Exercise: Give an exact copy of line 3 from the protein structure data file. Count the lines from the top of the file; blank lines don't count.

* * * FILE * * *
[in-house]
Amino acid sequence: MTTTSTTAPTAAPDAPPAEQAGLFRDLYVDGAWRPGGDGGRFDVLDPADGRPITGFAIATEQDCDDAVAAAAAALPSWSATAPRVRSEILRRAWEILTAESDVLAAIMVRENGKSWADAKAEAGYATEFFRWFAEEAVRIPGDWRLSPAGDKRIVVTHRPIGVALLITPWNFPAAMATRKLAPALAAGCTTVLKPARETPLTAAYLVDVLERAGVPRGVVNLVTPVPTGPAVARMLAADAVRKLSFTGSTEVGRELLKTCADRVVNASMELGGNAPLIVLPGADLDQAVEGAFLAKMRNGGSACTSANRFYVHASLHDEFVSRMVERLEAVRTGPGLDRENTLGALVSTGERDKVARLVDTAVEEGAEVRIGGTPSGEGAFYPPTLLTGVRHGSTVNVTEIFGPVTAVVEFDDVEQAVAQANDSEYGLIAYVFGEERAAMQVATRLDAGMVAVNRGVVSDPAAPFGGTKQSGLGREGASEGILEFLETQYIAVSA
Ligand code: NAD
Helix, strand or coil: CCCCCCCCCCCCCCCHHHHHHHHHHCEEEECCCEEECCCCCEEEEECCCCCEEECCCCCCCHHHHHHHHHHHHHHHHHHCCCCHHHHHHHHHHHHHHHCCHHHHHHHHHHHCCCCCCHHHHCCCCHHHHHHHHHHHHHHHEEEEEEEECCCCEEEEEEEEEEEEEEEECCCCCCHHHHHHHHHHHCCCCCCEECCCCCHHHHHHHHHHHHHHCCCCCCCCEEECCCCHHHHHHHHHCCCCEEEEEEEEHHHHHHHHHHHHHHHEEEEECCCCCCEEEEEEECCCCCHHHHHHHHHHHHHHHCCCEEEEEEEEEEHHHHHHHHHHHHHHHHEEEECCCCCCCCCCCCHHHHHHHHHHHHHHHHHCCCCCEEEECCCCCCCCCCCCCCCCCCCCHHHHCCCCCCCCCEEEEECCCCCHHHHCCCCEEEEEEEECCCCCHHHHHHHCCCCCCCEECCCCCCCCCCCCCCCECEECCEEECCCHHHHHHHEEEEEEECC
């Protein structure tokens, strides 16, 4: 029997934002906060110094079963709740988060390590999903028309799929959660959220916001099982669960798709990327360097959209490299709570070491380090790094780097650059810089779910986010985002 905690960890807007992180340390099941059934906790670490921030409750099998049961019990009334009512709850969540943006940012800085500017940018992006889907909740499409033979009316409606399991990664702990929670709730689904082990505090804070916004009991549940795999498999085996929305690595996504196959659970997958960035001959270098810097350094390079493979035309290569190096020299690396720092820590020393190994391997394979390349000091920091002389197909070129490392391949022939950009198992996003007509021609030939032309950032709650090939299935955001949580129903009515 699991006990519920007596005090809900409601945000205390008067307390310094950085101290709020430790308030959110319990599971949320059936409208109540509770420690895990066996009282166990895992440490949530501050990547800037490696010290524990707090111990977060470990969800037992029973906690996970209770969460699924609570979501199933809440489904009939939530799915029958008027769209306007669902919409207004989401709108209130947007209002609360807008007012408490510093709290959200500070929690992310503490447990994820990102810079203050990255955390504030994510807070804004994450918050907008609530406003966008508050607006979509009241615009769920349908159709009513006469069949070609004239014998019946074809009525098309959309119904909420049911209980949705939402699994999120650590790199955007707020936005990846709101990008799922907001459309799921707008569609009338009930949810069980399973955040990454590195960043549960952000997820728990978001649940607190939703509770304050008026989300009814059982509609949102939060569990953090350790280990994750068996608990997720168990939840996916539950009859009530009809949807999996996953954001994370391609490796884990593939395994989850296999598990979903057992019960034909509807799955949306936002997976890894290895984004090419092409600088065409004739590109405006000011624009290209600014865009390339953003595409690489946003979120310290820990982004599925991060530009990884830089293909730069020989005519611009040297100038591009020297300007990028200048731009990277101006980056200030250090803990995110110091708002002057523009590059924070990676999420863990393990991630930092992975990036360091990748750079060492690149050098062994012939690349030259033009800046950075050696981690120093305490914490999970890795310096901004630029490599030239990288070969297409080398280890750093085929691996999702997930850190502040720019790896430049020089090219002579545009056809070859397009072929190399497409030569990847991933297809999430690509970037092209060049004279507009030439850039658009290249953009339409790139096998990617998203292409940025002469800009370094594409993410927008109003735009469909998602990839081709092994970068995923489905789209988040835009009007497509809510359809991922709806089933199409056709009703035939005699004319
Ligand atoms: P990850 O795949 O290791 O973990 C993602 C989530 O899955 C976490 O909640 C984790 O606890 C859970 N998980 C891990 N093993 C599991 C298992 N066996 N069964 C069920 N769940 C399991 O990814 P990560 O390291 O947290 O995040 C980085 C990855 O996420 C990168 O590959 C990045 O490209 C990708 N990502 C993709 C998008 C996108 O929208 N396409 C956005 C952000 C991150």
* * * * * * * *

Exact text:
Ligand code: NAD